A gloomy U.S. jobs report and signs of a global economic slowdown hammered Wall Street Friday, wiping out the stock market's gains for 2012 and leaving investors wondering where to turn.

The Dow Jones industrial average sank 275 points, or 2.2 percent, chalking up its biggest one-day drop in more than six months.

Market participants had expected to see a mildly negative employment report Friday, but they "hadn't discounted the kind of numbers we saw this morning," Barton Biggs, a hedge fund manager at Traxis Partners, told CNBC Friday.

Biggs also warned that the chance of a "mild double-dip recession" is now about 40 percent.

"I'm not that bearish about the economy and the market, but am I ready to step in in a big way? No," he said.

Friday's jobs report from the Labor Department showed U.S. employers created only 69,000 jobs in May, the fewest in a year, as the nation's unemployment rate rose to 8.2 percent from 8.1 percent in April -- the first increase in 11 months.

The government also said the economy created far fewer jobs in the previous two months than first thought, revising numbers down to show 49,000 fewer jobs created.

Friday's steep market drop spooked investors. The VIX index, a measure of investor fear, rose to levels not seen in five months. And the value of government bonds and gold soared as investors sought safe places to park their money.

The weak U.S. outlook added to a growing global sense of gloom. New data from the euro zone Friday showed unemployment the region was 11 percent in April -- the highest level since records began in 1995. And there are signs that manufacturing in China -- a driver of global growth in the recession -- is slowing.

Many had looked to the U.S. as a bright spot of growth in the global economy, but Friday's jobs report added more evidence to the view that growth in the U.S. is slowing, suggesting weaker corporate earnings ahead and weighing on stock prices.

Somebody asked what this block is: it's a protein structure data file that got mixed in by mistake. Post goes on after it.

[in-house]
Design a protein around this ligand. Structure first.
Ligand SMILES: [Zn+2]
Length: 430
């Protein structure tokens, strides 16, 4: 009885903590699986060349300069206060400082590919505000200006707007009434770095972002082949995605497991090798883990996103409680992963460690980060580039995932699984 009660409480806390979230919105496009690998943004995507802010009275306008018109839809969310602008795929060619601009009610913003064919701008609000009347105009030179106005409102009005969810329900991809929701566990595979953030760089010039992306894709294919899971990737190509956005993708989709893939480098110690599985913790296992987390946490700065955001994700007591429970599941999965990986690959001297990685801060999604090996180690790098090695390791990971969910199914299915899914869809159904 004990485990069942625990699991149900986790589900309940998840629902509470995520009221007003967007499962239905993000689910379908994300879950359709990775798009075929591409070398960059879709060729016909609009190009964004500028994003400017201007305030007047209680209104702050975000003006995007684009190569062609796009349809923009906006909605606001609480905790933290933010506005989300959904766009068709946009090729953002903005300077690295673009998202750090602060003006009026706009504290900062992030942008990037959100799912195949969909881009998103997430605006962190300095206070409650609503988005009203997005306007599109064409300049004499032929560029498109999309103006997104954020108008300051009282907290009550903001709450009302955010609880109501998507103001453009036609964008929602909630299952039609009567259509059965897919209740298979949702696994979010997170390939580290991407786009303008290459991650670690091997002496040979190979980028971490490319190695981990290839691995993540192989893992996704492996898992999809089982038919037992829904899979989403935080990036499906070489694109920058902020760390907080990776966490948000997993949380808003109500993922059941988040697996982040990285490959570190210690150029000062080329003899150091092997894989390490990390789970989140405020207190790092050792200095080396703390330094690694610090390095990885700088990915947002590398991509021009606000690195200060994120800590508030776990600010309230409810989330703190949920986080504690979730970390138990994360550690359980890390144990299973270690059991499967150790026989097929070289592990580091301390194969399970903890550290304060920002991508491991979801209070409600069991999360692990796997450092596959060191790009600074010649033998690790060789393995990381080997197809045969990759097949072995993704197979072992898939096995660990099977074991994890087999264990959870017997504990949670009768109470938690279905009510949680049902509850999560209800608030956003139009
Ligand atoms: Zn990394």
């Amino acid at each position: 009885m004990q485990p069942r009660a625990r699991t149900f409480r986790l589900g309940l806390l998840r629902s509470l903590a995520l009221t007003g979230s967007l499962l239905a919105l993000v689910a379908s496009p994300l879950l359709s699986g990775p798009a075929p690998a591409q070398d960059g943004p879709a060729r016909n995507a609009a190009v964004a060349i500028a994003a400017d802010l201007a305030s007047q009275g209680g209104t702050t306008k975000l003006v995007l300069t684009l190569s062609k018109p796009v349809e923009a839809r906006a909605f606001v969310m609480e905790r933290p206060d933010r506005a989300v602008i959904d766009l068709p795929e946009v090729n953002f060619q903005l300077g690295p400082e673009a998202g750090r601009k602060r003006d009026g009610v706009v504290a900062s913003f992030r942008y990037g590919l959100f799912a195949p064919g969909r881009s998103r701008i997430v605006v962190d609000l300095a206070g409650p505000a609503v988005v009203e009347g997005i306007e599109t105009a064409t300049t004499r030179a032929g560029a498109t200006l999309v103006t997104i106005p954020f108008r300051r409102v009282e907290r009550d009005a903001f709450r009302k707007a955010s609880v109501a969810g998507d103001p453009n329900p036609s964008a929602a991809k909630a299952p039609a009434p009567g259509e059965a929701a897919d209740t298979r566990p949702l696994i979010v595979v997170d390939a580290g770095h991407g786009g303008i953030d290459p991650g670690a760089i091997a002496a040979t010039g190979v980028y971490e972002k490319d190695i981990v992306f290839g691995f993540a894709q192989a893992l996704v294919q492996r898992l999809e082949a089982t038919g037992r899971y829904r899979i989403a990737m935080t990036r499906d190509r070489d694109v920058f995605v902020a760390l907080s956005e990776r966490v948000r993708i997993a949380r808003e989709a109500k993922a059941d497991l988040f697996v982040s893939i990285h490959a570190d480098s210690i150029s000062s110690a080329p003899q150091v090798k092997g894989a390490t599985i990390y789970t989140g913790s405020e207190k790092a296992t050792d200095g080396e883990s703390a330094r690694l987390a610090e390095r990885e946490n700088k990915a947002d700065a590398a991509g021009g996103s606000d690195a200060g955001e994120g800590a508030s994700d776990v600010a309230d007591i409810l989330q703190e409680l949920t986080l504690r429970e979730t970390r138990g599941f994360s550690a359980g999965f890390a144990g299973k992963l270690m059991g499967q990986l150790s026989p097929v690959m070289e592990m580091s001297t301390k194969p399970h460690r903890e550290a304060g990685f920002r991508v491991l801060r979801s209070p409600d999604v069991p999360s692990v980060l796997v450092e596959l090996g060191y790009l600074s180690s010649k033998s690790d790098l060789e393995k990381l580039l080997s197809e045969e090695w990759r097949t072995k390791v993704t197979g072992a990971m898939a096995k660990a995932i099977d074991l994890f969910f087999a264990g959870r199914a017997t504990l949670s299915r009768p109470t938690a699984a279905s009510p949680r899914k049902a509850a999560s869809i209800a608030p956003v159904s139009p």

Stocks saw their worst month in two years in May, ending more than 6 percent lower, as investors worried about Europe's ongoing debt crisis. The downturn in the aggregate U.S. market has shaken some $1 trillion out of investors' pockets.

Investors will have to put up with more uncertainty in June, analysts say, as the fate of the euro zone waits to see the outcome of Greece's elections on June 17.

Greece, which unleashed the financial turmoil in the euro zone, will go to the polls for a crucial second election on June 17 that may determine whether it remains a member of the currency union. Investors are concerned about the unknown consequences of a Greek exit, concerned that it may precipitate the disintegration of the euro zone.

Despite the market downturn Friday and global economic fears, Peter Sorrentino, senior portfolio manager at Huntington Asset Management, counsels that investors can still find value in the market.

"We're seeing stock prices back down where they were at the beginning of the year, but earnings are still there," he told CNBC, noting that company balance sheets are very strong, as investors have spent years paying off debt and raising cash to record levels.

Sorrentino added that, after Friday's downturn, bargains can still be found in the agriculture and energy sectors.

Oil prices took a dive below $100 Friday as traders bet that a slower global economy would reduce demand for energy.